note: entire contents copyright 1999 by Larry Stark
Scenic Design by Brynna Bloomfield
Lighting Design by Yael Lubetzky
Costume Design by Gail Astrid Buckley
Sound Design by David Maddox
Stage Manager Laurie Light
Nathan Leopold..........John Kuntz
Richard Loeb.............Bill Mootos
Clarence Darrow...Bill Humphreys
Robert Crowe...............Dale Place
Reporter 1............Stephen Benson
Reporter 2..............Andrea Walker
Reporter 3.................Steve Rotolo
John Logan's award-winning play "Never The Sinner: The Leopold & Loeb Story" having it's Boston premiere at the Lyric Stage Company of Boston, has an excellent second act. Bill Humphreys playing defense council Clarence Darrow argues, in court and personally, with Prosecuting Attorney Robert Crowe (played by Dale Place) over the necessity of hanging two kids --- Bill Mootos as Loeb and Jonathan Kuntz as Leopold --- who killed an innocent boy just to prove themselves Nietzchean supermen above the law. There are brief scenes and flashbacks that illuminate details, but the trial cuts free of its 1924 realities and becomes a timeless confrontation over the usefulness of social vengeance. And considering the power of this conflict, it's odd that Logan feels it necessary to fill in all the historic details of this "trial of the century" in a flat, uninspired first act.
It's never the acting at fault here. Stephen Benson, Andrea Walker and Steve Rotolo play headline-spouting yellow-press journalists and also several quick-cameo minor parts, and Mootos and Kuntz give compellingly believable performances, but all this background cannot hold a candle to the Court T-V spectaculars of the last few years no matter how hard the cast tries. The fact is, the drama here is much less in the true details than in the almost mythical ideas that go at it, head to head, after the act break.
As Crowe, Dale Place is the essence of genuine moral rectitude. His ramrod-straight frame, greying hair and gold-rimmed glasses argue his position as eloquently as his summation-speech. Bill Humphreys plays Darrow as his total antithesis --- rumpled, histrionic in his pausings, flatly calling spades spades, and succinctly caustic in objection.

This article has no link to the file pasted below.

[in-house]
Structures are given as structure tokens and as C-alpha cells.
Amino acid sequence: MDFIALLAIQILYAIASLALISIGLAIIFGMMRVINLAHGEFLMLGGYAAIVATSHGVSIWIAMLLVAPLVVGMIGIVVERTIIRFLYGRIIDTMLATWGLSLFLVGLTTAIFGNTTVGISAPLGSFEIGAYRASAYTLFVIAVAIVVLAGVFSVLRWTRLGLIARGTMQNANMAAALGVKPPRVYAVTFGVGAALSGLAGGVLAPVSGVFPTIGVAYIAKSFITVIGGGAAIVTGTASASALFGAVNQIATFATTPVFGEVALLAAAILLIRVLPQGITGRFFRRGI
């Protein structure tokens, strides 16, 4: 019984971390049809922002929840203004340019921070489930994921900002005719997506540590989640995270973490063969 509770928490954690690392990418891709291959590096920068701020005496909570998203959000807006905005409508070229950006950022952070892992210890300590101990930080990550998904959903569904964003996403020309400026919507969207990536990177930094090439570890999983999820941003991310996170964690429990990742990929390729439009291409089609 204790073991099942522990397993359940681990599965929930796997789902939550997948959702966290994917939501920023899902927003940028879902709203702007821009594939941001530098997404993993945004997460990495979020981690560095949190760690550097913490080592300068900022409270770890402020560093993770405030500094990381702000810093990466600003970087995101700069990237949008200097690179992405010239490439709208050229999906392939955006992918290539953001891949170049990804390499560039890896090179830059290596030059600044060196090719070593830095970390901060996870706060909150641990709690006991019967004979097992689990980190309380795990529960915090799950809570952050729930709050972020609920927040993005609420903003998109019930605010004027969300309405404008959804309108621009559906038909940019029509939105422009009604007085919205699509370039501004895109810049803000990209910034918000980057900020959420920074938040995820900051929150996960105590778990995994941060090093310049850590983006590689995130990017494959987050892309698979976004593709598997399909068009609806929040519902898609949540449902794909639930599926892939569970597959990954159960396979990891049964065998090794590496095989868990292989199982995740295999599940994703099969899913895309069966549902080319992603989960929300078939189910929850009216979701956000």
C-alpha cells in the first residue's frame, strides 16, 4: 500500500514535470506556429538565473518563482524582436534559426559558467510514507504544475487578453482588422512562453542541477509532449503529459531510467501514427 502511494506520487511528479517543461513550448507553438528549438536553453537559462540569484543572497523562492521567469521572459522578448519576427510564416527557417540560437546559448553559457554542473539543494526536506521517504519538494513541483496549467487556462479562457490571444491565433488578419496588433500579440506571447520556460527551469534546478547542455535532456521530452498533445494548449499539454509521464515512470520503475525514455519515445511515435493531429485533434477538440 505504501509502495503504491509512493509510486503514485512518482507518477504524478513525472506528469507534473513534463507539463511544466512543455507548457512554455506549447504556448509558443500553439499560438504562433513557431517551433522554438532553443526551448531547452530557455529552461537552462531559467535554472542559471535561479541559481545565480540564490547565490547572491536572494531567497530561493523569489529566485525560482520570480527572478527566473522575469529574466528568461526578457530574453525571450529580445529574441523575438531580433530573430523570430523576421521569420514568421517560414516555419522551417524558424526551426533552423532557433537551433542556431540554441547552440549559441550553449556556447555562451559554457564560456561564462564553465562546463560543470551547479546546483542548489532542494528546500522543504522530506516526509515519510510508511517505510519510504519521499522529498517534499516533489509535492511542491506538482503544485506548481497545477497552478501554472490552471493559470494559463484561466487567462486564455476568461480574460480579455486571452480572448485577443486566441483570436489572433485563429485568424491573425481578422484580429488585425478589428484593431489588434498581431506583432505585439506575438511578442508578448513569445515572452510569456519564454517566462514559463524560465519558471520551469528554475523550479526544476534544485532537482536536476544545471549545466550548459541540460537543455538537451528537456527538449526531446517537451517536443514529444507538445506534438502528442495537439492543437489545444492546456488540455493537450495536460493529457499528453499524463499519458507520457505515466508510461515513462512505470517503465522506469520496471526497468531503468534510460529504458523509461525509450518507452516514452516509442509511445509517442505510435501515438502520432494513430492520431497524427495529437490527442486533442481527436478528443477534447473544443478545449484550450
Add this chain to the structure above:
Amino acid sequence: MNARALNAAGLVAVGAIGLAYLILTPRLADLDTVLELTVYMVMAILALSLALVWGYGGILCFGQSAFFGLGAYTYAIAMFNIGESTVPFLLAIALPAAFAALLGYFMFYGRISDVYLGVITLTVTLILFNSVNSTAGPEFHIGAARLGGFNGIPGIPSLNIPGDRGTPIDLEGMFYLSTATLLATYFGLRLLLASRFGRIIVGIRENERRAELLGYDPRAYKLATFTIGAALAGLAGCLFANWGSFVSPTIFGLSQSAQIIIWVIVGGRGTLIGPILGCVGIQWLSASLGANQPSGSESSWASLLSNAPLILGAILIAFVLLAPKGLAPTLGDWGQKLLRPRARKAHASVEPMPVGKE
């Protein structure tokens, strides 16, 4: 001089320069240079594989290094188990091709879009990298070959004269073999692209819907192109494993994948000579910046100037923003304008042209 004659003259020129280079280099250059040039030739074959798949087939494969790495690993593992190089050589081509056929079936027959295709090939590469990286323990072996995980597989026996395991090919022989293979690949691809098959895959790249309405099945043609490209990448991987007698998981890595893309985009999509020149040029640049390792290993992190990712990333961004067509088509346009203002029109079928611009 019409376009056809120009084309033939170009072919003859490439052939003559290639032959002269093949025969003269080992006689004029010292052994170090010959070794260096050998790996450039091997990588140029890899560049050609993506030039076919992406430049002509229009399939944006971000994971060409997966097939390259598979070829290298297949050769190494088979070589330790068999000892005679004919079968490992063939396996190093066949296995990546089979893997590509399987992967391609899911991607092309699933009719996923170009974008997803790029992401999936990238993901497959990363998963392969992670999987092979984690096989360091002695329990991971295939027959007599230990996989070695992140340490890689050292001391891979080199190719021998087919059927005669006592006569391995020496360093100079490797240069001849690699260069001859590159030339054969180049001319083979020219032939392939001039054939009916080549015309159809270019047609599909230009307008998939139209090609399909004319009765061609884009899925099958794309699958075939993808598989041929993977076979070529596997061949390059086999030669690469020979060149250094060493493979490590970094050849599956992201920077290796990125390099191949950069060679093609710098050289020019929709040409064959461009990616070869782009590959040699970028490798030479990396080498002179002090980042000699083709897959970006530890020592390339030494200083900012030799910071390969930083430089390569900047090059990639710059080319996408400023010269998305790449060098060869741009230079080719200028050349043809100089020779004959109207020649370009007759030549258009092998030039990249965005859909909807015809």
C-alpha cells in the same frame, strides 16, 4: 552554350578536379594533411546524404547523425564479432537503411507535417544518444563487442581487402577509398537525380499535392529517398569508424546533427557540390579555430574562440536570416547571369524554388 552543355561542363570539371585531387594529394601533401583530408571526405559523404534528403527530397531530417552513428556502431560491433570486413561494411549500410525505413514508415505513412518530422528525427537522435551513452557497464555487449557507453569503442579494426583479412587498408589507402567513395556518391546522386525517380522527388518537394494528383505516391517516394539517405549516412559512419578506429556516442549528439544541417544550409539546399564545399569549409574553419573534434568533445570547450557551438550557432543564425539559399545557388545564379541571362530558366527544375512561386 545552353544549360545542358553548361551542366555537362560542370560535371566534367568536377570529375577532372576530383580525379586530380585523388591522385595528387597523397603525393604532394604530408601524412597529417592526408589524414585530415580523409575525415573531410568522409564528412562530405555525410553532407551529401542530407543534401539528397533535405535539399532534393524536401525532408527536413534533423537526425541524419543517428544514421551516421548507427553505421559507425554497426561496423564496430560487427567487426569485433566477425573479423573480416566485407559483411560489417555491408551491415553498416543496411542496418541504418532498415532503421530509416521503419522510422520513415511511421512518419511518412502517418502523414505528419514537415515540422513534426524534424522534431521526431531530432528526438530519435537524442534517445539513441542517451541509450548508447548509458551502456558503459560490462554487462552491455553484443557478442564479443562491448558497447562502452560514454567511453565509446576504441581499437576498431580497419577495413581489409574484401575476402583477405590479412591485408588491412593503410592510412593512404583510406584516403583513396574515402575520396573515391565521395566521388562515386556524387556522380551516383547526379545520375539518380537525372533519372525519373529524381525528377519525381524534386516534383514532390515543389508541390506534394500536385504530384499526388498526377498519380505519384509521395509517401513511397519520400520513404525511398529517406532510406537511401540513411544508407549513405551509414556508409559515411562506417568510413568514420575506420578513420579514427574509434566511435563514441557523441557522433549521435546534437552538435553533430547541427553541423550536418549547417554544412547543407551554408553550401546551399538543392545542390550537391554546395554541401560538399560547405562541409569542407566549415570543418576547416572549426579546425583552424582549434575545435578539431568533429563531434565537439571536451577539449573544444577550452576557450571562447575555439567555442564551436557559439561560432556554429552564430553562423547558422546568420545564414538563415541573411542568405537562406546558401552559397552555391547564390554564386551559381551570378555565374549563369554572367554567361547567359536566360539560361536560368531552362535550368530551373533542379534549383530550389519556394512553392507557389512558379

All the background and the homosexual overtones in the murderers' story is dribbled out in brief vignettes interrupting the trial, and Mootos and Kuntz are eloquently direct in both their growing infatuation with one another (and each with his own inflated ego) as well as in the doubts and disillusion that devour them during the trial. People who know Jonathan Kuntz' one-man comedy extravaganzas or remember Mootos in The Lyric's "Miser" earlier this year will admire the vibrant conviction with which they switch gears from comedy to tragedy.
The trio of players doing "everyone else" are constantly onstage, notebooks at the ready, attempting jailhouse interviews between chameleon/cameo bits, but the playwright has given them mostly shouted headlines to get across the frenzy of the '20s press-corps. Logan hasn't even separated the three reporters' angles on the story, and never even wrote a scene in which the reporters themselves, from their own shallow perspectives, sat around discussing their stories. Despite these handicaps, this multi-charactered "chorus" fills in all the little roles where the scene seems to finish before anyone has a chance to build up steam.
Brynna Bloomfield's set captures the crazed-marble walls and floors of courthouses; Gail Astrid Buckley's costumes seem "period" without being quaint; Yael Lubetzky's light-plot includes tight areas, dramatic action-shadows, and the shimmer of swamplight; and David Maddox' sound cues exploit mid-twenties jazz. And the deepening interplay between Leopold and Loeb, contrasting with the legal battle of Crowe and Darrow, bears the imprint at every step of Director Spiro Veloudos' insight. It's too bad that, after winning so many awards with his unfinished script, John Logan will never ask Spiro what little of act one should be folded into his excellent act two as he re-writes "Never The Sinner".